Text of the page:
Extolling reform, Iran is still cracking down and blocking sites

Stan Ward

Stan Ward

July 2, 2015

After the heavily-contested 2009 elections saw activists use social media to organize and gain worldwide attention, the Iranian government woke up to the fact that the Internet was a force to be reckoned with. They transformed their very basic Web censorship and surveillance systems into an entirely new beast.

But, here it is, two years on and after two years of supposed reform, and Iran is still imprisoning users and blocking sites. This has led to increased use of VPNs, and it has been pointed out that this practice may be sanctioned with a wink and a nod by some in the government. A Daily Dot article sheds some light on the motivation behind this apparent paradox of censoring on one hand and, fostering circumvention on the other.

The obvious question is, why is this happening? The answer is as old as time- simply money. It is estimated that about seven of ten young Iranians use VPN, despite the “war” against the anti-censorship technology, and that this could not happen without government acquiescence, if not outright endorsement. Indeed, government-sanctioned bank payment services are used by many to purchase VPN subscriptions! This would not be allowed if not for the government’s quiet cooperation.

This situation has led to the phenomena of repression on one hand, and collaboration on the other. But even if blanket bans are relaxed in favor of more fine-grained blocking, a slightly more open Iranian network is of little benefit when Iranian net users continue to receive arbitrary and draconian punishments for expressing their opinions online.

President Hassan Rouhani, and many in his cabinet, are well known for using popular public social media networks, for example, which are banned in Iran. But the imprisonment and possible death sentence revocation recently of dissident Soheil Arabi is a stark reminder that not much has changed in Iran over the years.

For a long time Iran has engaged in “intelligent filtering” of content deemed unacceptable to the Revolutionary Guard. While such filtering practices may, in theory, lead to wider acceptance of some services, more likely it is a strategy to tighten the government’s grip and control over the content on those platforms, as is evident in the treatment of its citizens.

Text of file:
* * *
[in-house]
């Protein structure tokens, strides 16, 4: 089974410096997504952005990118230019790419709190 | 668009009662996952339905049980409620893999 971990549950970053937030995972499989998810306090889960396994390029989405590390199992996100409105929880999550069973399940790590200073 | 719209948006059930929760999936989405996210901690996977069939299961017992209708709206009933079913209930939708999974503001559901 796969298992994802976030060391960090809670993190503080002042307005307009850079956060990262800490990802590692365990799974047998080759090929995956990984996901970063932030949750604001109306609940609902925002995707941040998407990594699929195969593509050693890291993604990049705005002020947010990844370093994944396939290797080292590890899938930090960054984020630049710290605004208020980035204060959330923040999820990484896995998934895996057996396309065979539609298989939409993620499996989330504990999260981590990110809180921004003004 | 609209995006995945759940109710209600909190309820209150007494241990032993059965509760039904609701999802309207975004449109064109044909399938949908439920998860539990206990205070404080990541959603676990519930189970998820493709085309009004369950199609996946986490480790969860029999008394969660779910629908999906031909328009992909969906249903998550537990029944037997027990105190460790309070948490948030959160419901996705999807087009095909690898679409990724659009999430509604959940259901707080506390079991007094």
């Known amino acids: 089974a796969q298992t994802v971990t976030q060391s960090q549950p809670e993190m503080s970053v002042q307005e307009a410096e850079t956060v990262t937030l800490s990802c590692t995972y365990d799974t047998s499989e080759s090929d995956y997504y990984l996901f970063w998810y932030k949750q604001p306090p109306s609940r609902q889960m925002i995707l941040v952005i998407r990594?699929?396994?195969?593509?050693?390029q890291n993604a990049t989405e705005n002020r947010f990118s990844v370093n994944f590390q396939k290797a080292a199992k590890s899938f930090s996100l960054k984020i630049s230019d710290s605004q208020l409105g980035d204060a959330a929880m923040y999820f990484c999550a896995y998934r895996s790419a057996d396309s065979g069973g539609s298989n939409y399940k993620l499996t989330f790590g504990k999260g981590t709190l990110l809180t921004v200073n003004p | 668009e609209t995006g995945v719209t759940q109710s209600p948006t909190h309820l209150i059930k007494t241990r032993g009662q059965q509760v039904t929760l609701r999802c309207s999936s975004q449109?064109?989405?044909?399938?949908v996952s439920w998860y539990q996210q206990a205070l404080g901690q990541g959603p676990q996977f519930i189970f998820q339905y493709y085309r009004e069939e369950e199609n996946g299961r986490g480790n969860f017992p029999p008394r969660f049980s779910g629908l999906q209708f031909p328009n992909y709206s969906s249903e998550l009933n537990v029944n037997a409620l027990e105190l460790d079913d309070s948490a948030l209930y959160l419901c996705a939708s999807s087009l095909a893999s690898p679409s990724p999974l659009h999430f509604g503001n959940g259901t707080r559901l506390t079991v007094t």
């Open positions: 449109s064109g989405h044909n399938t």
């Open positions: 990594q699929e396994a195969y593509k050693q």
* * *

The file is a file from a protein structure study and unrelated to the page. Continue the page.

In February, twelve Iranian Facebook users were arrested on charges of “spreading corruption and (attempting) to change family lifestyles.” Last year eight more Facebook users were similarly arrested for a variety of charges, including blasphemy, propaganda against the ruling system, and insulting the country’s supreme leader. They were sentenced to seven to twenty years behind bars.

This censorship is appalling, but what is even more worrisome, and a question that should be on every right-thinking person’s mind, is if we cannot countenance Iran’s behavior in an area so open and public as the Internet, then how can we possibly trust Iran with transparency in their nuclear ambitions?

Rouhani’s duplicitous behavior of the past two years on the Internet issue does not engender trust in the regime. Let this be a cautionary tale for those who would seek to give them the means to acquire an other-than-peaceful nuclear program…

Editor’s comment: As always, Stan’s views are his alone, and should not be seen as reflecting those of the rest of the BestVPN staff.

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